Life and Style
ebookA wonderful selection of salads, starters and mains featuring venison, grouse and other game
Arts and Entertainment
Adèle Exarchopoulos and Léa Seydoux play teeneage lovers in the French erotic drama 'Blue Is The Warmest Colour' - The survey found four times as many women admitting to same-sex experiences than 20 years ago
arts + entsBlue Is The Warmest Colour, Bojack Horseman and Hobbit on the way
News
Two giraffes pictured on Garsfontein Road, Centurion, South Africa.
i100
Environment
View from the Llanberis Track to the mountain lake Llyn
Du’r Arddu
environmentA large chunk of Mount Snowdon, in north Wales, is up for sale
News
Kenny Ireland, pictured in 2010.
peopleBenidorm, actor was just 68
News
i100
Arts and Entertainment
arts + ents
News
people
News
Morrissey pictured in 2013
people
News
A scene from the video shows students mock rioting
newsEnd-of-year leaver's YouTube film features playground gun massacre
News
i100
Life and Style
The director of Wall-E Andrew Stanton with Angus MacLane's Lego model
gadgetsDesign made in Pixar animator’s spare time could get retail release
News
peopleGuitarist, who played with Aerosmith, Lou Reed and Alice Cooper among others, was 71
Independent
Travel Shop
the manor
Up to 70% off luxury travel
on city breaks Find out more
santorini
Up to 70% off luxury travel
on chic beach resorts Find out more
sardina foodie
Up to 70% off luxury travel
on country retreats Find out more
Latest stories from i100
Have you tried new the Independent Digital Edition apps?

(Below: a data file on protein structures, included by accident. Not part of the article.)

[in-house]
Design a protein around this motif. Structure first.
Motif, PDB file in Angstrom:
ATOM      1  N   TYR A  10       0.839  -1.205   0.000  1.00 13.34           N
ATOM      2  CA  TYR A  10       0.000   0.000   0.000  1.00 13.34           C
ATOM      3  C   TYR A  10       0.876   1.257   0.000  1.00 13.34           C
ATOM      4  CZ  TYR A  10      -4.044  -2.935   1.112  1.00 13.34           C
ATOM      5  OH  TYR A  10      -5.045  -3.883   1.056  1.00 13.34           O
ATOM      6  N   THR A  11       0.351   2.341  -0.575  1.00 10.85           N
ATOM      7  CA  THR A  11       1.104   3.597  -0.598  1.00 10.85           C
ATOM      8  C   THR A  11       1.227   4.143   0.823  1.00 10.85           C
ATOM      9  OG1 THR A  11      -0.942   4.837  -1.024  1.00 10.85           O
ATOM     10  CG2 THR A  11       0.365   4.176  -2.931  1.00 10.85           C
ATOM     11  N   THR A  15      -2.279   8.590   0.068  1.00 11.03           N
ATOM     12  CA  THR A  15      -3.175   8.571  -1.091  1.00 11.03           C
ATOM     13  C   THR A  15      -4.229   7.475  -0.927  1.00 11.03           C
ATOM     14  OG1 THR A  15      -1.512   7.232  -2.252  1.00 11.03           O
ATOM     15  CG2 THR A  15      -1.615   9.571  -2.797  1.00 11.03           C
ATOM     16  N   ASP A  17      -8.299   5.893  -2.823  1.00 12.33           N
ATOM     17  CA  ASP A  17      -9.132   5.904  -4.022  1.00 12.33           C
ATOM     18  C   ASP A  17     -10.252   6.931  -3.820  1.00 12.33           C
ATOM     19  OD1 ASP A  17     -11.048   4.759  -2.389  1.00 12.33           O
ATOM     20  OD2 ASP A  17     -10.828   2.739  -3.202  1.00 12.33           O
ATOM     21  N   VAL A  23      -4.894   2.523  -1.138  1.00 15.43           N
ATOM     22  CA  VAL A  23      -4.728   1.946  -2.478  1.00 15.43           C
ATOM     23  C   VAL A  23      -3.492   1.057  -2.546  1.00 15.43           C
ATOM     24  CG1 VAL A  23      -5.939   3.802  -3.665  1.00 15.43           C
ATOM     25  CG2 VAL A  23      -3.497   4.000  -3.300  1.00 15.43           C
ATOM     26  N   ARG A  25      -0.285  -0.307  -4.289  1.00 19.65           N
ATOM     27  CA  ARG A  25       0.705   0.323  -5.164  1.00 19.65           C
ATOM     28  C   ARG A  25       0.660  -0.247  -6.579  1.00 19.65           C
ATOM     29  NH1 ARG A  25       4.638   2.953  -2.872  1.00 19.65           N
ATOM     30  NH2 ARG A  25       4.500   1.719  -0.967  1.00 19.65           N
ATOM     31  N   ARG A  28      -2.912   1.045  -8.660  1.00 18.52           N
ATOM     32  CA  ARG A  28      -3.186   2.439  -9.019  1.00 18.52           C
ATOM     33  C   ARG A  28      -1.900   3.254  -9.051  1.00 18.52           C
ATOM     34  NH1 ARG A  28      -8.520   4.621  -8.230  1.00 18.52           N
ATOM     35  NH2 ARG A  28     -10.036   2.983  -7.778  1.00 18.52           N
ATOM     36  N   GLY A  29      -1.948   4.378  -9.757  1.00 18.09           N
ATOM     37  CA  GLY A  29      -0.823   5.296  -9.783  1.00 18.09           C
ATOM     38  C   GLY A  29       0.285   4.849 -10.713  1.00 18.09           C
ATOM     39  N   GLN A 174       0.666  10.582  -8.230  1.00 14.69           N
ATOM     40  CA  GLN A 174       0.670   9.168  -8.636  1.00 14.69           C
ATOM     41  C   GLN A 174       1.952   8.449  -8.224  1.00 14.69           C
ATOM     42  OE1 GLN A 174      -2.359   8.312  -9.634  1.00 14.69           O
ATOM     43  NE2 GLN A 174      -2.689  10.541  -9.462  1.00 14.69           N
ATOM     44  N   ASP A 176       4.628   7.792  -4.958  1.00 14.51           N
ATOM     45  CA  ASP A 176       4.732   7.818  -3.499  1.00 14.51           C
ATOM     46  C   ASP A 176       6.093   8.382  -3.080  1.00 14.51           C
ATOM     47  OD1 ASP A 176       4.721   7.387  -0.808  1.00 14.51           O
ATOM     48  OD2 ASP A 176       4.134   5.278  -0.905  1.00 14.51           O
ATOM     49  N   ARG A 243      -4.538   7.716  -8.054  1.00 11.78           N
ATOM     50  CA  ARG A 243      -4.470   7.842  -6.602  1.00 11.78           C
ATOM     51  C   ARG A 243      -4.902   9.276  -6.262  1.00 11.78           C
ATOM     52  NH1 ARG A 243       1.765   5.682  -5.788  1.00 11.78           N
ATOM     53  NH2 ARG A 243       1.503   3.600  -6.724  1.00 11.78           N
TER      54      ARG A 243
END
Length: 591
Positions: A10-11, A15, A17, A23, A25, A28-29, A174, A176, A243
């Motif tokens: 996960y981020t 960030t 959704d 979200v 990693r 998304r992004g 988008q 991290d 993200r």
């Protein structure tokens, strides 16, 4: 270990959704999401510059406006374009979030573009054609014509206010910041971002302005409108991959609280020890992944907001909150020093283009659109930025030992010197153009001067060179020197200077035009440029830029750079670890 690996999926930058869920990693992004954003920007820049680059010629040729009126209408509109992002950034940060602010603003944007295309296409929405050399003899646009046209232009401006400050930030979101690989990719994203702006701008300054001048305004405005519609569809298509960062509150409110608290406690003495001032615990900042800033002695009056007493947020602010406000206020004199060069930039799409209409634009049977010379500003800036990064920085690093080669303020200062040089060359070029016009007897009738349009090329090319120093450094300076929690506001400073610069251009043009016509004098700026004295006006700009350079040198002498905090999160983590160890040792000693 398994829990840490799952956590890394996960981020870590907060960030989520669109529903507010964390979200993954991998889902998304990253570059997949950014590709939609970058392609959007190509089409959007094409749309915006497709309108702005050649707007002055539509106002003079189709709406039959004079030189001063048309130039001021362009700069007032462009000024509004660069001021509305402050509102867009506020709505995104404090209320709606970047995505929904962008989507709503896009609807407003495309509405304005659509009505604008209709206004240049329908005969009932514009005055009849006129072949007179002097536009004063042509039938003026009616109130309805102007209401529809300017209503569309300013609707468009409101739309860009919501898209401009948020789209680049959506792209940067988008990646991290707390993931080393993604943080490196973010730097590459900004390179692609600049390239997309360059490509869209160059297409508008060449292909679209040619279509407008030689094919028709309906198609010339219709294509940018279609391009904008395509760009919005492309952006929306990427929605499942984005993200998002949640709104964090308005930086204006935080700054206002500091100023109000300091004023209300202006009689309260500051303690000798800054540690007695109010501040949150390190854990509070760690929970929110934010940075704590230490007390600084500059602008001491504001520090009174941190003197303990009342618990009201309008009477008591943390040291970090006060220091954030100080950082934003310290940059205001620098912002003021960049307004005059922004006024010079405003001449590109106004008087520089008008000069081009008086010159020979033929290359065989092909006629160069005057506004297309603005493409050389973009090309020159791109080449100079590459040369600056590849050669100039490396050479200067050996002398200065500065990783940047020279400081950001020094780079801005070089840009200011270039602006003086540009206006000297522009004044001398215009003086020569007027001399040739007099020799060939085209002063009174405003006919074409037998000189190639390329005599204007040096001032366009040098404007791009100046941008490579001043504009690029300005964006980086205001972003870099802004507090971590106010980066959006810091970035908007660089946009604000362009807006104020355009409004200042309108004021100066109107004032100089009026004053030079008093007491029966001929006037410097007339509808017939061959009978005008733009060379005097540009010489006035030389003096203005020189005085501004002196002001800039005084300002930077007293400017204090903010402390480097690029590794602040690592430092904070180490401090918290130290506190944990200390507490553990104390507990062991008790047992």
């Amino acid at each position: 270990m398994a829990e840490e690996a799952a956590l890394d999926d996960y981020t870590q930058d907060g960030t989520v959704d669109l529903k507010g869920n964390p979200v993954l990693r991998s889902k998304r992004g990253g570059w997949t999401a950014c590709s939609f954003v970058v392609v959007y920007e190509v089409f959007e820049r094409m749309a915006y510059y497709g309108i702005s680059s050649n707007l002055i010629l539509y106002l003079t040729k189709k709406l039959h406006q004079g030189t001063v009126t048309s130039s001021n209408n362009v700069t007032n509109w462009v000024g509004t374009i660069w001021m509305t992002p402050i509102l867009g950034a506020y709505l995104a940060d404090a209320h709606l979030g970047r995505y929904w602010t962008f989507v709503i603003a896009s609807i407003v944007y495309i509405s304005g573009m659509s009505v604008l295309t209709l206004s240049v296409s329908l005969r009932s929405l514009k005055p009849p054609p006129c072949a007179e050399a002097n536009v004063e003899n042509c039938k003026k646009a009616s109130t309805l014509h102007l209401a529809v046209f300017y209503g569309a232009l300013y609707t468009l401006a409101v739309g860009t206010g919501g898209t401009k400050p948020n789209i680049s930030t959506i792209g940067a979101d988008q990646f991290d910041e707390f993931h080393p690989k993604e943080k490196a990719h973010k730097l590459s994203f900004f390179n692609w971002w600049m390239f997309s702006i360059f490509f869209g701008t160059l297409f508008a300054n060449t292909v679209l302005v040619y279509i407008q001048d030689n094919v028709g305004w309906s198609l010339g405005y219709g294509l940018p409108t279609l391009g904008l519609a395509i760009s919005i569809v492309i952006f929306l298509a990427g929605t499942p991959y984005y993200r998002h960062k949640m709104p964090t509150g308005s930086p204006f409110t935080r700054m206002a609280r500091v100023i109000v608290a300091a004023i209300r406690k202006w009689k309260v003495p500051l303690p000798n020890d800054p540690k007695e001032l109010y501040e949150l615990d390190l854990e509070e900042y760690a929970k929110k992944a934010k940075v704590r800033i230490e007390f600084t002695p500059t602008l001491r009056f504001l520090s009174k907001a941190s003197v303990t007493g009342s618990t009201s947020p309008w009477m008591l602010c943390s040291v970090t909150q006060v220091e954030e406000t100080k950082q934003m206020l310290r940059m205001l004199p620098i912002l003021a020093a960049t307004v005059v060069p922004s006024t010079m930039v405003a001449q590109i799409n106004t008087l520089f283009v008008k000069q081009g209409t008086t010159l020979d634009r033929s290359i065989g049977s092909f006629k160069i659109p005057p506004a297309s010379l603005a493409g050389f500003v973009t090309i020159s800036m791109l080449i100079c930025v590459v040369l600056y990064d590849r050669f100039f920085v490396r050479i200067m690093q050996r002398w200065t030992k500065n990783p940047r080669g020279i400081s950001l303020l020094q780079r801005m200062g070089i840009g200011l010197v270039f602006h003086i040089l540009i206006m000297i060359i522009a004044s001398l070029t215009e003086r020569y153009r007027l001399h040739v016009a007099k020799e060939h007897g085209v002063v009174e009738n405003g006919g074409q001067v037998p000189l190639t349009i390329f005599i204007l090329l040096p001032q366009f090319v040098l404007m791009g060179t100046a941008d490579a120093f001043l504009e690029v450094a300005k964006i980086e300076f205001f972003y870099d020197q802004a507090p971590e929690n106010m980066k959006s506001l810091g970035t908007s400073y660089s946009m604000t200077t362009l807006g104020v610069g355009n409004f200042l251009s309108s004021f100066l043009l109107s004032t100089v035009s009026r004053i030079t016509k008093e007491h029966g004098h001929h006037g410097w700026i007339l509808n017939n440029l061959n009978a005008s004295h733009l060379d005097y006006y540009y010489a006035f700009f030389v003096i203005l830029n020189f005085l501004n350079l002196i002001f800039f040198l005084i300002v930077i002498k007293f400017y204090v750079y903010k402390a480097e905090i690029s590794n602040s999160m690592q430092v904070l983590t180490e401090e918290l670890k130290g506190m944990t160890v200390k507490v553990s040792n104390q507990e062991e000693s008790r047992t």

Independent Dating
and  

By clicking 'Search' you
are agreeing to our
Terms of Use.

ES Rentals

    iJobs Job Widget
    iJobs General

    Financial Control Manager - Regulatory Reporting

    £400 - £550 per day: Orgtel: Financial Control Manager - Regulatory Reporting ...

    Lead Application Developer

    £80000 - £90000 per annum + competitive: Progressive Recruitment: I am current...

    Senior Networks Architect

    £65000 per annum + 15% Pension, Health, Travel & Bonus: Progressive Recruitmen...

    SAP BW/BO Consultant

    £55000 - £65000 per annum + Benefits: Progressive Recruitment: SAP BW/BO CONSU...

    Day In a Page

    Dress the Gaza situation up all you like, but the truth hurts

    Robert Fisk on Gaza conflict

    Dress the situation up all you like, but the truth hurts
    Save the tiger: Tiger, tiger burning less brightly as numbers plummet

    Tiger, tiger burning less brightly

    When William Blake wrote his famous poem there were probably more than 100,000 tigers in the wild. These days they probably number around 3,200
    5 News's Andy Bell retraces his grandfather's steps on the First World War battlefields